yikes

Once through that bit and up the hill we found ourselves at Tacos Navarro, home of the street taco, apparently.

Tacos Navarro

Well, it would be churlish not to …

street tacos

This was also extremely delicious although we quickly lost track of which taco was which. At this point I decided that I wasn’t going to repeat the experience of getting there on a bike again, so if the other half wanted to try the tamale shop we’d passed on the way, now was the moment.

Tamale shop

The less-than-promising exterior of the tamale shop

I was feeling pretty full, plus it was a tamale, so after one bite, which reminded me that I wasn’t that keen on tamales, I left it to the other half to enjoy.

tamale

Back down the road, through the scary intersection, blessing the light traffic and the extremely chilled Colorado drivers, we regained the river path and pedalled off our second lunch for a bit until we reached our final taco shopriver path

(this was actually about a block from the first one, but we needed a bit of time in between for digestion)

Taqueria Marquez

The Taqueria Marquez was also jolly good although we blew the chance to practise our Spanish by answering in English when we were greeted with a cheery ‘buenas tardes’.

half-eaten tacos

Mental note to self: food photographs better if you haven’t started to tear into it before you remember to take a picture

(This place also intriguingly had three red ‘hotline’ telephones that were something to do with transferring money to Mexico. I was dying to find out more, but didn’t quite fancy asking (or taking a photo – it was bad enough that I was photographing the food as these really aren’t the sort of places where everyone instagrams their meal) and my Spanish wasn’t up to deciphering the instructions.)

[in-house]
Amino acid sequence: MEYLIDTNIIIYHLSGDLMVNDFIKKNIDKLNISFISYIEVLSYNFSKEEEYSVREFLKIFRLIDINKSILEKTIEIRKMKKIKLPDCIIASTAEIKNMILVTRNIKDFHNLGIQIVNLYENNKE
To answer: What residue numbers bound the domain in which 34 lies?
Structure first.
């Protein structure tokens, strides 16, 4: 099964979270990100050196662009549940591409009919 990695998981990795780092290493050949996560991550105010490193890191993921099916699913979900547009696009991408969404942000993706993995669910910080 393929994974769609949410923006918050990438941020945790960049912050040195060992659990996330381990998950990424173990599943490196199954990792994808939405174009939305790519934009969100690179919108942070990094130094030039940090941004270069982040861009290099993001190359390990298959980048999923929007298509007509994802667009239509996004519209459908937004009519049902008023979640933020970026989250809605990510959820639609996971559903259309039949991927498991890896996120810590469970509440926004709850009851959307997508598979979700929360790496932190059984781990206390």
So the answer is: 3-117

Anyway, our third – or fourth – lunch finished, and having picked up an extra plate of tacos (with extra hot sauce) for my father in law, who has contracted the other half’s cold, we got back on our bikes and – like pythons digesting a goat apiece (if pythons had legs so they could ride a bike) pedalled very slowly home…

* I had thought we might review the taco places we tried but I don’t really know much about what makes a good taco, and the other half wouldn’t comment much beyond ‘oh yeah that’s good’ at pretty much everything he ate.


Hello Deer

December 16, 2017

So after our brief interlude in a very wintry Minnesota we made it down to Colorado yesterday. Today there was only one order of business:

garage bikes

Winter in Minnesota is definitely pretty hardcore – we did get out for one walk in the snow the day after we arrived but it feels like the sort of thing that might kill you if you’re not careful so it wasn’t a very long one – so we were pretty keen to enjoy Pueblo’s much more appealing December climate. Today did not disappoint – it might have been -9C when we woke up, but once the sun got going it soon warmed up and it was 18C by the time we’d had lunch and got the bikes out.

winter trees

The other half was suffering from a cold (bloody aeroplanes are worse than a classroom of nursery children when it comes to germ spreading) so we didn’t do more than the gentlest of pootles along the river – the cycling equivalent of a stroll. And we weren’t the only ones taking it easy: a couple of very chilled deer didn’t seem all that fazed by our presence.

deer crossing

It was warm enough that we could sit down by the water and bask in the sun and watch the birds go by. In fact, it was warm enough to take off my gloves and that doesn’t even happen in July at home…

bikes waiting


The Tough Go Shopping

October 21, 2016

I had a birthday related errand to run yesterday, which meant getting myself to the mall under my own steam. Perhaps surprisingly, the Pueblo Mall is one of those places that is fairly easy to get to by bike, as it’s connected to the river cycle path.

to the mall